Seeds, seeds, seeds.
I love seeds. I really do. I like looking at the catalogs, reading all the descriptions, trying all the varieties, saving seeds, collecting seeds, trading seeds. I love talking to seed growers and getting all nerdy about all the different cultivators and reminiscing. When we say Brandywine, or Moon and Stars, Even Freckles and Deer Tounge, we smile, because we know what that means an we all have our favorites.
If you haven’t tried it, using seeds to start your garden can be very rewarding. There are so many varieties that just wouldn’t be available to you if you didn’t grow them yourself, even things that (gasp) would not be available at the Farmer’s market. I know, I know, they seem to have everything but there are some bizarro things out there, Purple, Conical Cauliflower?. Lettuce, radishes, and beans and sunflowers are very easy and if you are timid, I suggest you start with those.
We teach a few classes on how to start seeds. I am always proud when my students come back and show me pictures of what they grew. One of my very first students moved on to create his own Roof Top Seed company, I am so proud.
I personally have tried almost every method of seed starting and there are two that I will swear by, ok, three that I swear by. These are; winter sowing, jiffy pellets, and baby beds.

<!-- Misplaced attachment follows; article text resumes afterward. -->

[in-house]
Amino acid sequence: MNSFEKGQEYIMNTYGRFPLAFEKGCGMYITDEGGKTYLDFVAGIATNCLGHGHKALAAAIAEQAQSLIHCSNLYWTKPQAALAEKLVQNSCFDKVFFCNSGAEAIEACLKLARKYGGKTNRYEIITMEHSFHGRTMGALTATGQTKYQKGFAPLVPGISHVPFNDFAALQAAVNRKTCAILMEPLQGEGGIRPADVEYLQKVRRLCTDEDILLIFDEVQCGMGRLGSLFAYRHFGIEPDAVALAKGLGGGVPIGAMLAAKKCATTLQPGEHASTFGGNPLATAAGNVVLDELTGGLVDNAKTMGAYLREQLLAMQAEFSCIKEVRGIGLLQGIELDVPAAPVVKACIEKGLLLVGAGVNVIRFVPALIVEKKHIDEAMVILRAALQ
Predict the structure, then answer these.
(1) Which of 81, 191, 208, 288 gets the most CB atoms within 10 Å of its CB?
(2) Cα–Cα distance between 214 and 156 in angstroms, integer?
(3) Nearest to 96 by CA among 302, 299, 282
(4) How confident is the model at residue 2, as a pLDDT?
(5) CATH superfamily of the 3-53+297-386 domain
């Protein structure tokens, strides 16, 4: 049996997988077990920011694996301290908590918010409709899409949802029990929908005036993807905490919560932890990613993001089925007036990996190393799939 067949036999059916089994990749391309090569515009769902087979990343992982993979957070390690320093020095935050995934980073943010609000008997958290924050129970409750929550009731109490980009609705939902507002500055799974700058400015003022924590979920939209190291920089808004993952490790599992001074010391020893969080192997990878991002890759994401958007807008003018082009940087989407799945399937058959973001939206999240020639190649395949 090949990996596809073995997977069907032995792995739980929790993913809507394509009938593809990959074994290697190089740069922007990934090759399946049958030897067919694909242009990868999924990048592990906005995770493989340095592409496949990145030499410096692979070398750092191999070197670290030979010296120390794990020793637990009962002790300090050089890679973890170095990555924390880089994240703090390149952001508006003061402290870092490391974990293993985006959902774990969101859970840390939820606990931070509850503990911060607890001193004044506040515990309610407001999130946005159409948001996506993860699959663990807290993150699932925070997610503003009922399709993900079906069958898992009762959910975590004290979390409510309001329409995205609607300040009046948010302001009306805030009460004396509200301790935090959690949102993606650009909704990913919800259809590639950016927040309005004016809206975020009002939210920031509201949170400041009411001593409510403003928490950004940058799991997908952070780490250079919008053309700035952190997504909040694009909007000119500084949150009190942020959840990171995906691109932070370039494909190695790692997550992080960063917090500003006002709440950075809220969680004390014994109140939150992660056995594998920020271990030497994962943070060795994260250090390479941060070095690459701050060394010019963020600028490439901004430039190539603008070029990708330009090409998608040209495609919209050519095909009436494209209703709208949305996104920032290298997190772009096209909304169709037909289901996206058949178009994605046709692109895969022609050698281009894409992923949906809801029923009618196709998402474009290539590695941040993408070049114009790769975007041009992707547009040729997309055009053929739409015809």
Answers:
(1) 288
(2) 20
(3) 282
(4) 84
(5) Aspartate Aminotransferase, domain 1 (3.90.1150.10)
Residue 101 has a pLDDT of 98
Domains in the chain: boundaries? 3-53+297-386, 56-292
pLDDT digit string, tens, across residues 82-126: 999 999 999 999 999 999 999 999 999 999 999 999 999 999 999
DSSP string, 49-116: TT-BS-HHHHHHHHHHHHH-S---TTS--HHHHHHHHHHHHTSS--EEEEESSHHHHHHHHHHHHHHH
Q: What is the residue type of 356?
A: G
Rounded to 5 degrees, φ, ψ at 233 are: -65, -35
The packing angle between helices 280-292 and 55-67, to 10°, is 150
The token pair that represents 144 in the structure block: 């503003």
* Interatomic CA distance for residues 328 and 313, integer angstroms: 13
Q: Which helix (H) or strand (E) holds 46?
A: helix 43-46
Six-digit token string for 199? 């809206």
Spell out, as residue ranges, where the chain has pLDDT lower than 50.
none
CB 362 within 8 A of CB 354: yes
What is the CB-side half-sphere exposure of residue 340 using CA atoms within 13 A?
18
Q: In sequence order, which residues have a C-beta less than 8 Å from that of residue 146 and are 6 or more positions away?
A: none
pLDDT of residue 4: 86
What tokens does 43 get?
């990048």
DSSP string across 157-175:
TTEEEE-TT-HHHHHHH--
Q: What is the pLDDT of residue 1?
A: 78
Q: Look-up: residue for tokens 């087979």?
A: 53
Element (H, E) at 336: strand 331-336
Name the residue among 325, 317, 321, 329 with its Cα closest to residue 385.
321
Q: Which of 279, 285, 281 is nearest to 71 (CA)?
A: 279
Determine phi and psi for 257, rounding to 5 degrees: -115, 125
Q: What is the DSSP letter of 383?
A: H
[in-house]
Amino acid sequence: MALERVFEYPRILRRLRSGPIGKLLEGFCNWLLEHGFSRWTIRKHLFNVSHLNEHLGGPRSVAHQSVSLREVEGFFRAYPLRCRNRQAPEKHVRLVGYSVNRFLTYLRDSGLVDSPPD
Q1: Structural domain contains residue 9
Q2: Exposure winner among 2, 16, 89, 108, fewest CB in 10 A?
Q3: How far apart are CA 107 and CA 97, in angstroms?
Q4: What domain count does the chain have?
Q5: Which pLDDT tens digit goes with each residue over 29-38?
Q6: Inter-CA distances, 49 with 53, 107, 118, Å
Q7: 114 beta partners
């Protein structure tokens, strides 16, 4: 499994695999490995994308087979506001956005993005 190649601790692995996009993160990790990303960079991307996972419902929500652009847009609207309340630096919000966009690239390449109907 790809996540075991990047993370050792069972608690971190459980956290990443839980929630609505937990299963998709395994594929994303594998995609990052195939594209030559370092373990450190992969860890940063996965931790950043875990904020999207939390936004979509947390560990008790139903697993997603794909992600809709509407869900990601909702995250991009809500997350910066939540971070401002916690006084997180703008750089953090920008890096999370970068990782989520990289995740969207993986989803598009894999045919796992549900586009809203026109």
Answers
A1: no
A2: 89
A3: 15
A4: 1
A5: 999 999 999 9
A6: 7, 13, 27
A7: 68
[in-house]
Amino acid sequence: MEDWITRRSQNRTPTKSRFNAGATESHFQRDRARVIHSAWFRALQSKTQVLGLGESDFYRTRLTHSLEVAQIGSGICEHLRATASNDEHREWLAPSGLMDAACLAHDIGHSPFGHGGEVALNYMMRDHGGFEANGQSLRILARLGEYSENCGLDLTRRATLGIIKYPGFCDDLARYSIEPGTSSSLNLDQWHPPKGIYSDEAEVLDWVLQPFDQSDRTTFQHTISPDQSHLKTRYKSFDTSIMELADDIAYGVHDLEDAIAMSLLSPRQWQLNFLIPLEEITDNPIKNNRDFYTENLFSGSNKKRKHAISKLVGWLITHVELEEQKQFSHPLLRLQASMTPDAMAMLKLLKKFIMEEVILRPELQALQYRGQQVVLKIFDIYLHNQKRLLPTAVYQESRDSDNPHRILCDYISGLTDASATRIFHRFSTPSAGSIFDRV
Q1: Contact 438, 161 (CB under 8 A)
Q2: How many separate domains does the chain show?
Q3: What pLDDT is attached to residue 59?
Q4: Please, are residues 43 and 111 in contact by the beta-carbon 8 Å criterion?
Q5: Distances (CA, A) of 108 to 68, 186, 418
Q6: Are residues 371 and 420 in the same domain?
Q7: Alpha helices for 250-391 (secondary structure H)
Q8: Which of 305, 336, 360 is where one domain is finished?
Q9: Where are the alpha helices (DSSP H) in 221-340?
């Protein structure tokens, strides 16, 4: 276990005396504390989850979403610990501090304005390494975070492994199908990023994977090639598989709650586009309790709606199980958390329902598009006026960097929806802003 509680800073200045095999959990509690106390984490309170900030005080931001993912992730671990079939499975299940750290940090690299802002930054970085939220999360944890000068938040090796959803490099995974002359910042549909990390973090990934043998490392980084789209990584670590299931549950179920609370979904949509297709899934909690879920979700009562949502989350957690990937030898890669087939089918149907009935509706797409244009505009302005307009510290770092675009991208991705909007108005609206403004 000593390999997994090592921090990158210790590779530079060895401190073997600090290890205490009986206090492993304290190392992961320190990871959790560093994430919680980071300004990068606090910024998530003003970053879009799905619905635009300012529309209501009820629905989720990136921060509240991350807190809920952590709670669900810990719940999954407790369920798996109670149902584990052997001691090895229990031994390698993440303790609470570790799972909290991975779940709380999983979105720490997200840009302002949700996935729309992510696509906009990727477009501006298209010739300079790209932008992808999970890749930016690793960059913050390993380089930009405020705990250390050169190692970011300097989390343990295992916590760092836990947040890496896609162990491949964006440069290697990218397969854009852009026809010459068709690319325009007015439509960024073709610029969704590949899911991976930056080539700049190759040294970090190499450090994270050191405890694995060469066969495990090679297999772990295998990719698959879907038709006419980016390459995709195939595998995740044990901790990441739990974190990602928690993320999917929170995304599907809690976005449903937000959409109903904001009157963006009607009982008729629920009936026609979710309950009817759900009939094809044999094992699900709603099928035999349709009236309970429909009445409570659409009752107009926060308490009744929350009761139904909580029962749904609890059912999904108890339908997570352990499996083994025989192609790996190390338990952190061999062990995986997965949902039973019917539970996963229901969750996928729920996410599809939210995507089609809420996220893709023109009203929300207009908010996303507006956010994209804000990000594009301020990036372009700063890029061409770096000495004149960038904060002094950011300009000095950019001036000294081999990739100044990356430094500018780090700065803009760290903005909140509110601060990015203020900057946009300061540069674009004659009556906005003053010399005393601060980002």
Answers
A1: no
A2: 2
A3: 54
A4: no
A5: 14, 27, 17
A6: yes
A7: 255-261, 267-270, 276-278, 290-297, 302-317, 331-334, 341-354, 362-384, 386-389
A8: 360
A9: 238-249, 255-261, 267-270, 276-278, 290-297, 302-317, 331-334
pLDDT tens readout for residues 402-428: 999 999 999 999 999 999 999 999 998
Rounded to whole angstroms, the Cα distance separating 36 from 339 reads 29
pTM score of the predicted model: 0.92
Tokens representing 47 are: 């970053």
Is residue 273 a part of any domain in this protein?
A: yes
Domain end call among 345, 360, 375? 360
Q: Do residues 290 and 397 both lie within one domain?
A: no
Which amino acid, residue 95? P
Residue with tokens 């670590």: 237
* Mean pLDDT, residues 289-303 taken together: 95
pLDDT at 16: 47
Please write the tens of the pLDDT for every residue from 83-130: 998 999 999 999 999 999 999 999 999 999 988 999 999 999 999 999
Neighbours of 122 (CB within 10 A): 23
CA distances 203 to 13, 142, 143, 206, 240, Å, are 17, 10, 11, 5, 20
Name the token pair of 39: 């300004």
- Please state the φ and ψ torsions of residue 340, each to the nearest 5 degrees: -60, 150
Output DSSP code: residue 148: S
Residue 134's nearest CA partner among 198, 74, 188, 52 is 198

Seeds are a miracle and once water is added, the whole process of life begins. Have you watched your garden in the spring, and notice how bare the earth is, and suddenly, after a warm day, life pops up out of nowhere? Weeds, weeds, weeds and lots of them. No one mollycoddles these plants, no one sets up growlights or painstakingly cares for them and yet they grow. Whaddup with that? Sometimes you will notice that the seedlings look a little familiar and many times, healthier, but smaller versions of ones you started in your home weeks before. Those volunteer tomato plants, sunflowers, and herbs just pop up, all on their own. Get Out! These seeds rest in the ground all winter and when the time is right, for them, POP! I have noticed that the volunteer plants almost always catch up to the ones I started, and even out grow them, not fair.
There is a method called Winter Sowing. Basically, you take your seed starting kit, take out container, milk jug or what have you and you plant your seeds, water them, and place the whole thing outside, in the middle of winter, in the snow. When the time is right for those seeds to grow, they will, with no help from you, and they will thrive and be healthy. Just be sure to water them when the weather warms up. The cold kills any of the damp-off fungi, and also helps striate hard seed coats. This is the only way that I have been able to successfully grow Lupins and Columbine (both native plants) from seed. Funny enough, tomatoes, and peppers also do very well using this method. It may not be as much fun as starting them inside, but you will get good results.When the seedlings are large enough, you just move them to where you would like them to be in the garden.Yes, it is that easy. You don’t need to worry about planting charts, frost dates, grow lights….ect. They will grow when they are ready to, it almost takes all the fun out of it.